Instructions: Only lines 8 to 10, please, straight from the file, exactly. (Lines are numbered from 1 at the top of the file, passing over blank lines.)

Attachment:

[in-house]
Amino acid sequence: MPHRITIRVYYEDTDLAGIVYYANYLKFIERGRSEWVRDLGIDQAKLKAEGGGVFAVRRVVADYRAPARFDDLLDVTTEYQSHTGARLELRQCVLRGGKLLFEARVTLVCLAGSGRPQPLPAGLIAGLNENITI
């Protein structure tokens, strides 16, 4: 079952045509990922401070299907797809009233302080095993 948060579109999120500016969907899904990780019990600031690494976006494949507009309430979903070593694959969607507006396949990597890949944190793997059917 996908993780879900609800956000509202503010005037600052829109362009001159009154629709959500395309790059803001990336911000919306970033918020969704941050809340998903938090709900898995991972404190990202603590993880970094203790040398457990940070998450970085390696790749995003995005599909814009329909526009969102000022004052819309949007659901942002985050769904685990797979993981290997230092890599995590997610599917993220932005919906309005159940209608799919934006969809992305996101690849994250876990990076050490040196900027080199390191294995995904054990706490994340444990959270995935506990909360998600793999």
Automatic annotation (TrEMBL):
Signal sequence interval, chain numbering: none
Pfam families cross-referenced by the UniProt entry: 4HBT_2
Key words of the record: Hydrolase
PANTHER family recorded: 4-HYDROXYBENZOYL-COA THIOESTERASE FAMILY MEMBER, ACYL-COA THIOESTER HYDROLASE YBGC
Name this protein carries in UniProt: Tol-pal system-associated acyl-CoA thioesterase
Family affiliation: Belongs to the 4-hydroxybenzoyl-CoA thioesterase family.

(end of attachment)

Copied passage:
PANTHER family recorded: 4-HYDROXYBENZOYL-COA THIOESTERASE FAMILY MEMBER, ACYL-COA THIOESTER HYDROLASE YBGC
Name this protein carries in UniProt: Tol-pal system-associated acyl-CoA thioesterase
Family affiliation: Belongs to the 4-hydroxybenzoyl-CoA thioesterase family.